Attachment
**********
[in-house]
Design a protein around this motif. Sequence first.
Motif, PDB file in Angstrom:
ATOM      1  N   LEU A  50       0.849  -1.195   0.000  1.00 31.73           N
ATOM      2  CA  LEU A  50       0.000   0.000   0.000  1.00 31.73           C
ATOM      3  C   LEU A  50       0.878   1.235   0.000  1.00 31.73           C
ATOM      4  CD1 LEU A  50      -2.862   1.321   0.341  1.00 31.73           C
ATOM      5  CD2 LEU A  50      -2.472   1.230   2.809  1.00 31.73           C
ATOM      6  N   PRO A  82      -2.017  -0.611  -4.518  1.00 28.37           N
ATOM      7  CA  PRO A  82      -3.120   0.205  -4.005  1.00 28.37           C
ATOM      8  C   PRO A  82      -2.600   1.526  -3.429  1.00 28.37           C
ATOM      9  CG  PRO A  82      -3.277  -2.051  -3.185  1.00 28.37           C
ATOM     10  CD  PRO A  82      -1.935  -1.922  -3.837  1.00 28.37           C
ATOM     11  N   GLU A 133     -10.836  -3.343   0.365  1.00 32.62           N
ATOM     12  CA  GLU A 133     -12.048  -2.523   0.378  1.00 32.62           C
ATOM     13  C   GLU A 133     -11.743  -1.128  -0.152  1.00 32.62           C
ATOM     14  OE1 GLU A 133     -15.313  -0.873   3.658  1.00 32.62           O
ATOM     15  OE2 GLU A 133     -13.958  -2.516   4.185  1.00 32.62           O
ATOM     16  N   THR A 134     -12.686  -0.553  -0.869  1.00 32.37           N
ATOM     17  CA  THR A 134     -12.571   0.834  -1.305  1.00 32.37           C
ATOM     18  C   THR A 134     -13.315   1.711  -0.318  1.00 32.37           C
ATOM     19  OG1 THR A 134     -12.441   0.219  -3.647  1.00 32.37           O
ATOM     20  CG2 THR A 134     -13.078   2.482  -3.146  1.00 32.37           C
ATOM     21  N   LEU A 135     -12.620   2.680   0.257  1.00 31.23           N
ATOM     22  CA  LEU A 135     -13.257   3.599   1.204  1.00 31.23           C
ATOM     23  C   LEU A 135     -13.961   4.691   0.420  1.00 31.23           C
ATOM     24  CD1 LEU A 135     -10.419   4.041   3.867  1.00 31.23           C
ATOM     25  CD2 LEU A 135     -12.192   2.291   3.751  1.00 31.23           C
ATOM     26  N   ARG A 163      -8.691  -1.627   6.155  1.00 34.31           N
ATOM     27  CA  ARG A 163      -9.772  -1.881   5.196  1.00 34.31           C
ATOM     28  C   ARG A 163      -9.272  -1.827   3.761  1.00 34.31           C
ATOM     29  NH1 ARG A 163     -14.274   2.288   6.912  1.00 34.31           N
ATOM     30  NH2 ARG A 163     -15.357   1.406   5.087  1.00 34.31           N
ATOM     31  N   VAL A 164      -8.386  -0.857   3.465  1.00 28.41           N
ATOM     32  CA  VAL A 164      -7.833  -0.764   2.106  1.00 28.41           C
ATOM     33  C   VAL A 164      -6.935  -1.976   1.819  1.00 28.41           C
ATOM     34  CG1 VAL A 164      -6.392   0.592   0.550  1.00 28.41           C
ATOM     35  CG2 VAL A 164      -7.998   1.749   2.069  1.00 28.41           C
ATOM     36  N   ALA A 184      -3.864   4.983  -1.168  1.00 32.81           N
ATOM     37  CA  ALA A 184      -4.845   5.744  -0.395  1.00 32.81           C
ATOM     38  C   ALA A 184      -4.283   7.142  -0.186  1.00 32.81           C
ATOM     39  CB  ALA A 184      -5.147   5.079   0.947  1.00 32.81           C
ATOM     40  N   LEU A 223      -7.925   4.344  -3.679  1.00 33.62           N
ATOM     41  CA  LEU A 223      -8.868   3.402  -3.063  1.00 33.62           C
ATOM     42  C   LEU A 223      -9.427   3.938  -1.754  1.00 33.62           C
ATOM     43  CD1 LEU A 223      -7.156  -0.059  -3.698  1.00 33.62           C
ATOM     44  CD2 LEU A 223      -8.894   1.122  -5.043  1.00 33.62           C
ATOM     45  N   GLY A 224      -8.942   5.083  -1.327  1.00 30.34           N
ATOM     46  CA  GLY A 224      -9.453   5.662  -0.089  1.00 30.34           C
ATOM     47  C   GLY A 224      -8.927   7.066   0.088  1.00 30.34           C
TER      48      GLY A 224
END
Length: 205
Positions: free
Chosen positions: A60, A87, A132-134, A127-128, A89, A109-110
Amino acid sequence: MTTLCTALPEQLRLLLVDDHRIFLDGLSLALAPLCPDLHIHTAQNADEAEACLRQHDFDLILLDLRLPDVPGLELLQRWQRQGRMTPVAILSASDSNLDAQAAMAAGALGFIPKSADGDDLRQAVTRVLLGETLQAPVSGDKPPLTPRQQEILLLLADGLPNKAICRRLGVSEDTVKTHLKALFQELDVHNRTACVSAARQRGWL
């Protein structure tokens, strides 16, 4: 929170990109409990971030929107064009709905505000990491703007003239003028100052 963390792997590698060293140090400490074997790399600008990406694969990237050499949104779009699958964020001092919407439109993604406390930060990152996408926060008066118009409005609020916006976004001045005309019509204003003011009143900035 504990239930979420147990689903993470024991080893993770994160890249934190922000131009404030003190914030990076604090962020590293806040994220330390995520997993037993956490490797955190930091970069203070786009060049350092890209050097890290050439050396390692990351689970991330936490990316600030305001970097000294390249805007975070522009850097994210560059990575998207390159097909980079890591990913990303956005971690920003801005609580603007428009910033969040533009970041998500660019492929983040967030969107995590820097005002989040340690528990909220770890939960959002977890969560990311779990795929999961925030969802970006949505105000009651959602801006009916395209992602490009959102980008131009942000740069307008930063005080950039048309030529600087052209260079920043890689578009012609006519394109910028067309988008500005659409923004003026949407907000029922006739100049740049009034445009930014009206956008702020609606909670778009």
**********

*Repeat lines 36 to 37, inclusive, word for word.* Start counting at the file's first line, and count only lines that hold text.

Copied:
ATOM     33  C   VAL A 164      -6.935  -1.976   1.819  1.00 28.41           C
ATOM     34  CG1 VAL A 164      -6.392   0.592   0.550  1.00 28.41           C